I use a Schnitzer with steel rollers. Stone rollers are also available. To get big flakes and minimal flour, one must moisten the groats and wait a few hours. It's easy to crank, but one must crank rapidly to keep the intake flowing. A thumb is needed to keep the exhaust chute clear. Not recommended for more than a few cups at a time.

 

Grainmaker makes a large, expensive flaker.

 

Sid Post's picture
Sid Post

The Grainmaker mill and flaker sure are nice.  If I was flaking for cattle and other livestock, sure but, it is just way too big to be practical for me.

Our Crumb's picture
Our Crumb

You can flake anything small enough to be grabbed by the rollers.  Dal sized lentils are fine.  Split peas, not so good.  Forget garbanzos, but split small garbanzos [= Chana dal] can work.  South Indian chutneys call for frying dry dal but I prefer to soak any and all legumes before use and drying down and flaking them flat has worked nicely for chutney.  I've also put other soaked, dried legumes through and used them here and there.  They cook a lot faster when reduced to two dimensions beforehand by the FlicFloc.  Same goes for brown rice, in a big way, but that's for another thread.  A flaker is one of those tools that invites experimentation.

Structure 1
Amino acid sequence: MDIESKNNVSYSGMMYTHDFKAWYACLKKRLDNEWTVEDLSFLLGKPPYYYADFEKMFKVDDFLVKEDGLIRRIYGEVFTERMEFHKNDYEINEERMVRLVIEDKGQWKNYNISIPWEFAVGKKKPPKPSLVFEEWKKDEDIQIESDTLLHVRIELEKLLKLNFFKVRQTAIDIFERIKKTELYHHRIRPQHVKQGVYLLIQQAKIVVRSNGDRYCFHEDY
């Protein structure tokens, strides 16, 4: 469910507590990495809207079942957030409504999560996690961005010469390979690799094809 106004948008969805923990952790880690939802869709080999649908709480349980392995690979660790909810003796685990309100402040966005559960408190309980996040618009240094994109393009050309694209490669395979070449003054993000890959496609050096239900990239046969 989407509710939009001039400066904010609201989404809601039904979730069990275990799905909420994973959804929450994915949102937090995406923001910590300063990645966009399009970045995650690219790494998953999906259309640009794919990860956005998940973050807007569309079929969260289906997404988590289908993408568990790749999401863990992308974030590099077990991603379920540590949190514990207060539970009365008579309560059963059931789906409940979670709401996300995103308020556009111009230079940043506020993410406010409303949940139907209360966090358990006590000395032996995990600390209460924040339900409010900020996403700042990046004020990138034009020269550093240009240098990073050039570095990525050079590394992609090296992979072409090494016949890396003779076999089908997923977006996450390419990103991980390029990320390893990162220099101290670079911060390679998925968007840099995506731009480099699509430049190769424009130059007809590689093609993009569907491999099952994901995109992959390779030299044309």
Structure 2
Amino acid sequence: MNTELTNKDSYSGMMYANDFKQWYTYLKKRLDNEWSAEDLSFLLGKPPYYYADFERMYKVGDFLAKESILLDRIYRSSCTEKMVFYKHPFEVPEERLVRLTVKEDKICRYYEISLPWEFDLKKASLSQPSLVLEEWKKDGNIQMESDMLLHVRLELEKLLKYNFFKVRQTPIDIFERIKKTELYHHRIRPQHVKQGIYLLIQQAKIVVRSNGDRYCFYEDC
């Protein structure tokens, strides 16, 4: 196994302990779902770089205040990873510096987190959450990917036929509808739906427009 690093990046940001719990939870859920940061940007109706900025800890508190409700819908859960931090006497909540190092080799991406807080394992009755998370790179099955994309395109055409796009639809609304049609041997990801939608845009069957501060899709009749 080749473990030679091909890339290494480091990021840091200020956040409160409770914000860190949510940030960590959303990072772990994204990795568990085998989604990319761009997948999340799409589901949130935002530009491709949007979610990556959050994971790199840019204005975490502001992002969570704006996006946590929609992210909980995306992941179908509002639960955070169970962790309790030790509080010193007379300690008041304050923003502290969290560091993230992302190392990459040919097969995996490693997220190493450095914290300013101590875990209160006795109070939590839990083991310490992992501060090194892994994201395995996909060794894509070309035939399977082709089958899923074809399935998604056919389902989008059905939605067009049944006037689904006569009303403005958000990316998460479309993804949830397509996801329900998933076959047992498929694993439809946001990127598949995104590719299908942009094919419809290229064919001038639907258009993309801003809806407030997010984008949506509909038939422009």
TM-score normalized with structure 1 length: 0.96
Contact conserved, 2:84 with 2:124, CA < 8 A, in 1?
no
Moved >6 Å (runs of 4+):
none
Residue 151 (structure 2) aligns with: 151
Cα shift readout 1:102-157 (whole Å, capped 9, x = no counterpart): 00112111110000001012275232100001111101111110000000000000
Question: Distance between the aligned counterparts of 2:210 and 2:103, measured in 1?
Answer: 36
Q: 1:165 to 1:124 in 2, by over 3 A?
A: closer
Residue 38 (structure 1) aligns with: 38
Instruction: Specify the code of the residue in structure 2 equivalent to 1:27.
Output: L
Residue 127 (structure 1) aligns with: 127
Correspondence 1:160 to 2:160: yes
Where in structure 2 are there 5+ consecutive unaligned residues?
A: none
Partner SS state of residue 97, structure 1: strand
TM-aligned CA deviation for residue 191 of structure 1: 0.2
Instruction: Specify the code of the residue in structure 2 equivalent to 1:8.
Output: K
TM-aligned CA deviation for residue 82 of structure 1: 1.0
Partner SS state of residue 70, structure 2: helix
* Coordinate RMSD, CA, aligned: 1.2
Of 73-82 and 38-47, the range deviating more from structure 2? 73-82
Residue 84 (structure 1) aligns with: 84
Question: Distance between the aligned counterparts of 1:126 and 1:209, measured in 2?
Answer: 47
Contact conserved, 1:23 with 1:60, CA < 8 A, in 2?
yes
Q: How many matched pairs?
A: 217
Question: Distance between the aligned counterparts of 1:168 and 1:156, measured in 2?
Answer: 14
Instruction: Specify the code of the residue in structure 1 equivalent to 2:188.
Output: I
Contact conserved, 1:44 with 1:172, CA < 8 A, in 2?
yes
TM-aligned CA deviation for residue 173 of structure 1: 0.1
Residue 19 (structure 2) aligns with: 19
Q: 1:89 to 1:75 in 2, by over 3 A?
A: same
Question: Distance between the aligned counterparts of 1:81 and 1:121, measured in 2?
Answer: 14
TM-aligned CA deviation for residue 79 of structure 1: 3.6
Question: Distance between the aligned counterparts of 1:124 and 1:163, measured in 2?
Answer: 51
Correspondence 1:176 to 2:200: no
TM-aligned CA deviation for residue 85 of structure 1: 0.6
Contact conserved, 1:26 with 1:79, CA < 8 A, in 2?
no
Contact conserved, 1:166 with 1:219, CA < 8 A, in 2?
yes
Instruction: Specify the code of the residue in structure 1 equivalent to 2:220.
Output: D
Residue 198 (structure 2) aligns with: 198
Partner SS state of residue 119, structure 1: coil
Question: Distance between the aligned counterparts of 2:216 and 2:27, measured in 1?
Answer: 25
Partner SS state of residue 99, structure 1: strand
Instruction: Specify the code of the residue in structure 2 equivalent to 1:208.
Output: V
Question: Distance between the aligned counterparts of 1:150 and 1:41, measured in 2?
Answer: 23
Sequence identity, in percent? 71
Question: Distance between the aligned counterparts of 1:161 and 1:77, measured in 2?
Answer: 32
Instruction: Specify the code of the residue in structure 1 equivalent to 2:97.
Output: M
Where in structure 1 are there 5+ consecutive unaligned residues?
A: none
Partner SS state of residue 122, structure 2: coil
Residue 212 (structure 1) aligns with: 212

Tom

Sid Post's picture
Sid Post

Thanks Tom!  That is pretty interesting though, I don't think I'll be flaking many legumes right now but, who knows where things will end up once I have one!

trailrunner's picture
trailrunner

https://pleasanthillgrain.com/marcato-marga-mulino-multigrain-flaker

it is a wonderful piece of equipment. It works perfectly. I bought mine through " google express" and lucked on to a $20 off coupon for first time purchasers. So it was $86.99 not the $106 they list it for many places or the $119 listed here. So you can shop around. It will flake all but the hardest like corn. You need to wet the grain , except oat groats, before you flake it and then let it dry a few hours . This softens it enough to flake. It is plenty for home use. Also it is better not to flake ahead as the germ is now exposed and since it isn't being steam treated as commercial oats is your home flaked grains will be rancid in short order if stored at room temp. Hope this helps your search. c